“A picture speaks a thousand words,” Blackburn says. “It adds an element of credibility. If you tell customers they need new brake pads, they might say, whatever. But if we show them the worn pads, they’re more likely to buy them.”

Educating customers about repairs is a key selling point, says Bill Bok, vice president of dealer management systems for Dominion Dealer Solutions, a dealership technology provider.

Dominion sells a new system called Vue that enables service advisers to embed a video within a text message. Bok would not discuss the system’s pricing.

“Videos can directly educate customers about the value of the service,” Bok says. “If it’s a serpentine belt, for instance, the video shows what a serpentine belt does. That can help close sales, plus it communicates in a way that many customers want.”

Scott Clark Toyota also relies on an ELEAD1ONE call center to contact customers who decline service and encourage them to reconsider. In April, 1,044 dealership customers initially declined service.

But an email and phone call campaign from the call center resulted in 235 scheduled appointments — a 23 percent response rate — and $88,600 in revenue. The dealership’s lead-conversion rate for such declined-service campaigns generally hovers around 19 percent, Blackburn says.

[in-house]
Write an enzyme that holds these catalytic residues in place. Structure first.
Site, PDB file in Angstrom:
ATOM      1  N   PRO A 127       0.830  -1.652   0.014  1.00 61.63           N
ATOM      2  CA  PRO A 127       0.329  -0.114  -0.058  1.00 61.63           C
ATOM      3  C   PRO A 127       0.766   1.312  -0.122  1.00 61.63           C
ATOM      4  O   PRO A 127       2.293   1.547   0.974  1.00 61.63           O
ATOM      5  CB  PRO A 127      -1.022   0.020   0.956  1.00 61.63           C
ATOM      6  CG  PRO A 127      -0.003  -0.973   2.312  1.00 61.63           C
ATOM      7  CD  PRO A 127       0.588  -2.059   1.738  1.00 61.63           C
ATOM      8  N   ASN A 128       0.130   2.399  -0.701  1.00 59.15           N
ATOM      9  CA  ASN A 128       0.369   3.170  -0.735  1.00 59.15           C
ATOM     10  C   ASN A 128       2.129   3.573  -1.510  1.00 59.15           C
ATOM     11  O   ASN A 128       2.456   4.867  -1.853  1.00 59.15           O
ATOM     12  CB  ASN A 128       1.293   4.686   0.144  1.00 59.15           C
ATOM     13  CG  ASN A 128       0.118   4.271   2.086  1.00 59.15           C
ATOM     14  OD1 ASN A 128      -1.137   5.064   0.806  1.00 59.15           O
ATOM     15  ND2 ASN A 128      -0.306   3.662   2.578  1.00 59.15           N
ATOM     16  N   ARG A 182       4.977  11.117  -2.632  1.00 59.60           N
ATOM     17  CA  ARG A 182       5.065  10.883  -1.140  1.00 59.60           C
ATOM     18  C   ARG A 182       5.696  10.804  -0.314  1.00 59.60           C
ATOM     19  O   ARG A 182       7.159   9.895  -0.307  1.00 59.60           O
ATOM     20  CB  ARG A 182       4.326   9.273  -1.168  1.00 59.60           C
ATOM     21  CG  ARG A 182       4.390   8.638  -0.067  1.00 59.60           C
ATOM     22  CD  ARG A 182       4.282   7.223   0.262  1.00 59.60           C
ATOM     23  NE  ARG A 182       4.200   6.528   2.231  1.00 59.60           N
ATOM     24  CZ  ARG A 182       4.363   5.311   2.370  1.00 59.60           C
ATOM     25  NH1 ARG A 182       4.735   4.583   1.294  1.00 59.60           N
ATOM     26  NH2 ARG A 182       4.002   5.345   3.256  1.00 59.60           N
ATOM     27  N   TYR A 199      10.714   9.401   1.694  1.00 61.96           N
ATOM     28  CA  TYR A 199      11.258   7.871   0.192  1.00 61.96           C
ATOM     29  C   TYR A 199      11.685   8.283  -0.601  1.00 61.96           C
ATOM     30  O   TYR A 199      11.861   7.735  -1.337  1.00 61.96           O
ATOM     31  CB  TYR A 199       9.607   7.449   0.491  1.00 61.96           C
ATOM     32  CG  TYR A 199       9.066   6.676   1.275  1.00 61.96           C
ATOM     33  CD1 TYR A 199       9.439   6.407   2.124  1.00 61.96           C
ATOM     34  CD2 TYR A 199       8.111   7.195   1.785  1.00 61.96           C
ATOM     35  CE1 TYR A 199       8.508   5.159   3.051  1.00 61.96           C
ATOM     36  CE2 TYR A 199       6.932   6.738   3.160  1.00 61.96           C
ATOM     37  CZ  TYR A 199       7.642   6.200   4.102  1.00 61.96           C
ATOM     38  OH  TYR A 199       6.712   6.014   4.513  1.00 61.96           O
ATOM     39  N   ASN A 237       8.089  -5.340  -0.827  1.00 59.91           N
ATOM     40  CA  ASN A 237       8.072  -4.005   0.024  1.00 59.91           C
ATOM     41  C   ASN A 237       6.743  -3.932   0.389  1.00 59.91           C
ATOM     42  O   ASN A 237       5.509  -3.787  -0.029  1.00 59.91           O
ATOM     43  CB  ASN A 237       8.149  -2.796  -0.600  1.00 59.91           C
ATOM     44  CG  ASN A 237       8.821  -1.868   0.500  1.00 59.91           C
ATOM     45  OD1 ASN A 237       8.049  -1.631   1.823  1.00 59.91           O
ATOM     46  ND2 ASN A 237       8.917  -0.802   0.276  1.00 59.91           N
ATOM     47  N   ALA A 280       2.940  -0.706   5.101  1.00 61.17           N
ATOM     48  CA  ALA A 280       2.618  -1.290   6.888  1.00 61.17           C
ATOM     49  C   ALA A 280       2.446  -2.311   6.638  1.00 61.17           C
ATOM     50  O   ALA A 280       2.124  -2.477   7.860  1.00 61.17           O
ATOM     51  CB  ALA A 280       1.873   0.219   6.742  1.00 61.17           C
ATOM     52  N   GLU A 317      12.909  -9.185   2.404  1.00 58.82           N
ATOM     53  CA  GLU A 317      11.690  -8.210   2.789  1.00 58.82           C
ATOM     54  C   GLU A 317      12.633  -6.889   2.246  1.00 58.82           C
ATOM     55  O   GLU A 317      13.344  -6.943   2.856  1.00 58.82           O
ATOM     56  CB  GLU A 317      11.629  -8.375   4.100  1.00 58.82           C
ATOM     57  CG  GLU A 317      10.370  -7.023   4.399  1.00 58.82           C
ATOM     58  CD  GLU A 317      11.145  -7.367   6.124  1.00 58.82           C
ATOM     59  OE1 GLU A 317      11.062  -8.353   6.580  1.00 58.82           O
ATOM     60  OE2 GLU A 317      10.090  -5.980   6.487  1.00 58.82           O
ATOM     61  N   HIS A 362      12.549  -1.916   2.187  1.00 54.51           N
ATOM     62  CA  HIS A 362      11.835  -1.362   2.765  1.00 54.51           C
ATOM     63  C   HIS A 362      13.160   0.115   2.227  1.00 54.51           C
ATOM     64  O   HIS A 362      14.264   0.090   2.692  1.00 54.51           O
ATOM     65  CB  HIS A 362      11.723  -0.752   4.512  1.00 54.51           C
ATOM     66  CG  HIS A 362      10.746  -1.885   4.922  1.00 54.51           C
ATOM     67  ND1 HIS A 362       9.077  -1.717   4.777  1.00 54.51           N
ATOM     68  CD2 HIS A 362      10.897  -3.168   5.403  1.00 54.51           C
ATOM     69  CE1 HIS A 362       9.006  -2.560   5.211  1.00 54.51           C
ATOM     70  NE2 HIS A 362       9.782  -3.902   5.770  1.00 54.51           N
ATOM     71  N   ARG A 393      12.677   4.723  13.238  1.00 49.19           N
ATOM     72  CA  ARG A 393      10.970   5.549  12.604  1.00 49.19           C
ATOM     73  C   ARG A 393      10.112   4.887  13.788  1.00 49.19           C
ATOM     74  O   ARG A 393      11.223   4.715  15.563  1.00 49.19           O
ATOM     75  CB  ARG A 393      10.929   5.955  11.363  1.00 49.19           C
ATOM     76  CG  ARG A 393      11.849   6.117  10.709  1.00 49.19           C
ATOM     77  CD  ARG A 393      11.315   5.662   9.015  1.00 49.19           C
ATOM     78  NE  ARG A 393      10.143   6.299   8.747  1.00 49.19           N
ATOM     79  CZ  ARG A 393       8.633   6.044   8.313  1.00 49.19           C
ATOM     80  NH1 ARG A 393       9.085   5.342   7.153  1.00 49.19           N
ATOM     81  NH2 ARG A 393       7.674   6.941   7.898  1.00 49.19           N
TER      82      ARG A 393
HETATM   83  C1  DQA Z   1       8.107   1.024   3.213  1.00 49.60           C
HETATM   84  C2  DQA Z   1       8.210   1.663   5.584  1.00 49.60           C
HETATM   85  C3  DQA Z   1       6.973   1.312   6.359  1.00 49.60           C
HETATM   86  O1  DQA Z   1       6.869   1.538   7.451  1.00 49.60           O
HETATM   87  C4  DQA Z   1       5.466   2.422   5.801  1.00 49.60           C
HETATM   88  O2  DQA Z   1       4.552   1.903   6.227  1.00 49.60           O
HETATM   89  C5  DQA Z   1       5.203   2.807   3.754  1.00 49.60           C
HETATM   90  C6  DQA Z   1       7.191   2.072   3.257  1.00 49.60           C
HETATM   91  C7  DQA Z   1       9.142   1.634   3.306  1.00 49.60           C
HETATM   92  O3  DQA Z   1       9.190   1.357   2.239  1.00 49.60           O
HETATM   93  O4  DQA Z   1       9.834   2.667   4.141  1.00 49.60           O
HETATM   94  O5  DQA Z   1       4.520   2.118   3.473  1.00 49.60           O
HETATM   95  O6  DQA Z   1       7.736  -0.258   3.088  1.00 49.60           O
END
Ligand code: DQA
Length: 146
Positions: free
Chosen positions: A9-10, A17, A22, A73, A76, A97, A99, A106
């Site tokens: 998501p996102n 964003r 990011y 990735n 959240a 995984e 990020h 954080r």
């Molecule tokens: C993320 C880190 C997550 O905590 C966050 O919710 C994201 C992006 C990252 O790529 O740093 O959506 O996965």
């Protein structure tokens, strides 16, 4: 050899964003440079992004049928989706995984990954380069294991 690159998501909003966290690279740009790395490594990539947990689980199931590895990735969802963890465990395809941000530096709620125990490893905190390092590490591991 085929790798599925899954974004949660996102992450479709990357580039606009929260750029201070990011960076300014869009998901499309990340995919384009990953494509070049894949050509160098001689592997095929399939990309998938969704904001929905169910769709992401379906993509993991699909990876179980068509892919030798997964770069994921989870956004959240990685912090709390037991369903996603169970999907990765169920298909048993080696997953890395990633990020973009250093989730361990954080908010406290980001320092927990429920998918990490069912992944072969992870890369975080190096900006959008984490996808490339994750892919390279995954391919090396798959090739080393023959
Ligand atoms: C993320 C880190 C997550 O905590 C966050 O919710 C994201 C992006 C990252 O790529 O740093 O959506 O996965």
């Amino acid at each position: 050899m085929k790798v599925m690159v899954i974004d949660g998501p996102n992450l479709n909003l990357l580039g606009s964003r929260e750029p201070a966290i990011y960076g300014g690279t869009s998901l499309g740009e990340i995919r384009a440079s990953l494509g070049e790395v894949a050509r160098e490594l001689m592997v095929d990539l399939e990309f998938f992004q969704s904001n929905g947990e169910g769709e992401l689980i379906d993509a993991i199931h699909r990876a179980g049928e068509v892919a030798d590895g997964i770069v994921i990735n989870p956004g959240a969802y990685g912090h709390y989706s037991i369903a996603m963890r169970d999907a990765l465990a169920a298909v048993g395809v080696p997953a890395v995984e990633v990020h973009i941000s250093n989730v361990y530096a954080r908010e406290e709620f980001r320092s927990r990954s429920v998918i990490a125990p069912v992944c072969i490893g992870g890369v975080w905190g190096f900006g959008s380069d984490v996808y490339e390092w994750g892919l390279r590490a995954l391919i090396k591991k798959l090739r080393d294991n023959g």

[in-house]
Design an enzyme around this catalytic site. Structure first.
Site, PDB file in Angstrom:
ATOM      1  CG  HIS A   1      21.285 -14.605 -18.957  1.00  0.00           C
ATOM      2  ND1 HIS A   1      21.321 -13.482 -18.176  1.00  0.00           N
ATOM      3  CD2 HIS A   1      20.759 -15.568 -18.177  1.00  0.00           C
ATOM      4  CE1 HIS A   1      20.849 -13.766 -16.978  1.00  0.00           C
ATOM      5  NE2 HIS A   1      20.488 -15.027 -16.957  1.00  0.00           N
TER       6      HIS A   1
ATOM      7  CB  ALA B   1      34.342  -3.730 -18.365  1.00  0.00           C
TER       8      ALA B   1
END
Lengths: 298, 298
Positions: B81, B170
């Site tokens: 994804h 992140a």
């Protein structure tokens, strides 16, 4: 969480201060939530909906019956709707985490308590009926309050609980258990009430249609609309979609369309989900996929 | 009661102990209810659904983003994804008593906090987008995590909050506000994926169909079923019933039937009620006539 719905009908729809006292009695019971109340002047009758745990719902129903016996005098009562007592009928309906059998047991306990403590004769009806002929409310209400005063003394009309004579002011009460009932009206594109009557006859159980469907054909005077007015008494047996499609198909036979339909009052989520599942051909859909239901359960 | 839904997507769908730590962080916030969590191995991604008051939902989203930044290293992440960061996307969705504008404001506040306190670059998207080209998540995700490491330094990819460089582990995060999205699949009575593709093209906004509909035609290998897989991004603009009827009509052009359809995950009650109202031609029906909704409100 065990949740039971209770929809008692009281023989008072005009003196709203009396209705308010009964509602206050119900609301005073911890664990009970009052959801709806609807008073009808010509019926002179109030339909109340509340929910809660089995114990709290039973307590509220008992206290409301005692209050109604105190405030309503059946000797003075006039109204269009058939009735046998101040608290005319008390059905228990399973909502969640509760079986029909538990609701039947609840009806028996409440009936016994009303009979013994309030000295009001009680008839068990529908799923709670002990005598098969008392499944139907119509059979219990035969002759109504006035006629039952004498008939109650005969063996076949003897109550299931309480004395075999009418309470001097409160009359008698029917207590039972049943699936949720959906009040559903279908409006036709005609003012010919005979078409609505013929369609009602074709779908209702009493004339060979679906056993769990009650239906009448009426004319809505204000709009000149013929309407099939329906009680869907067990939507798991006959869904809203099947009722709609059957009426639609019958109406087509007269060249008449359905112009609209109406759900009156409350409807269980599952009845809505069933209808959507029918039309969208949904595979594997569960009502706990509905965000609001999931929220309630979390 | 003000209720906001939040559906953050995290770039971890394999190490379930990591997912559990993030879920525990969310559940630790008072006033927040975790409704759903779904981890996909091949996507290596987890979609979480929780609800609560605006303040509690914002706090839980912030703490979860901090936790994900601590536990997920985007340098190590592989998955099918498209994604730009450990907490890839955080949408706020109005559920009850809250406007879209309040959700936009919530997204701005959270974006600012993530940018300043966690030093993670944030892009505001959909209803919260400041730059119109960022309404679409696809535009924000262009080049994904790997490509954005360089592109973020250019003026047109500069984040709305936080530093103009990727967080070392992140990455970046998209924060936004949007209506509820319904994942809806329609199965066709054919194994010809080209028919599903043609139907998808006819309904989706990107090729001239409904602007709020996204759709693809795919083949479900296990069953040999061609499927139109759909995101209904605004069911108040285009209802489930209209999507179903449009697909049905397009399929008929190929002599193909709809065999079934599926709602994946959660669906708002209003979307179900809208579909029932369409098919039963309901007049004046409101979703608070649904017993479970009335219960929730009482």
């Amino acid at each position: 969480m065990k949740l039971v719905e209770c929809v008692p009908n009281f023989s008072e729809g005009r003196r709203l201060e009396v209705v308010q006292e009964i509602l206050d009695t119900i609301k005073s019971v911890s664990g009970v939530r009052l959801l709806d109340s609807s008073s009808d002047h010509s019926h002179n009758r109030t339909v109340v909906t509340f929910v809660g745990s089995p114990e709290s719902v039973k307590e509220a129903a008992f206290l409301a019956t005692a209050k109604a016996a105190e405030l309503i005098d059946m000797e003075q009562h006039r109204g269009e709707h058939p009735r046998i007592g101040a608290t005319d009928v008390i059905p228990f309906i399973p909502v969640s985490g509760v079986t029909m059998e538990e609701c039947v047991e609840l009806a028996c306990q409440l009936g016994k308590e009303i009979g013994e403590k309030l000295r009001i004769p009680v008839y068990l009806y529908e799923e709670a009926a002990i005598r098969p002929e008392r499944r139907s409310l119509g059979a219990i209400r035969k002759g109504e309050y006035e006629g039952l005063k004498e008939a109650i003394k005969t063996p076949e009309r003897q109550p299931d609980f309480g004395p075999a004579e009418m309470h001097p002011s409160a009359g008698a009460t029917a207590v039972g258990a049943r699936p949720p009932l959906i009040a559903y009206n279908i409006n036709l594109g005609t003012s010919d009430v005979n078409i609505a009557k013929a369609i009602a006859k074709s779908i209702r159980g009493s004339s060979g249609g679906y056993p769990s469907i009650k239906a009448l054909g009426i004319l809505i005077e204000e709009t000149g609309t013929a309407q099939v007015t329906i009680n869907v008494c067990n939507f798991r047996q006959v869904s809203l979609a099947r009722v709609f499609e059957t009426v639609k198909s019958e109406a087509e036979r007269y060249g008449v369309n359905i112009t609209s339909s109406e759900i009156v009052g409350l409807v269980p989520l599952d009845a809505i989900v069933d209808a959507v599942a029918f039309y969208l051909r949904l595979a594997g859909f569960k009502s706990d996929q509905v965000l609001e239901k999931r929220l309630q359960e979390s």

Why do service departments typically lag in converting leads? Part of the reason, Bok says, is that so many dealership owners and general managers come from the sales side of the business: “They’re sales guys, and that’s what they know.”

Coversica’s Marod cites the overwhelming workload of many service advisers. “They don’t get the administrative support — [service] is out of sight, out of mind,” he says.

Blackburn suggests that service tends to have a lower profile at dealerships than sales.

“It’s not the sexy part of a dealership,” he says. “But you can’t put the blame on principals or general managers. Service departments get in a rut and expect customers will come back just because a light on their dashboard goes on, or they see the oil change reminder sticker on their windshield, or they get a discount coupon in the mail.

“We rest too much on our laurels,” he says. “Fixed ops managers need to go after the work.”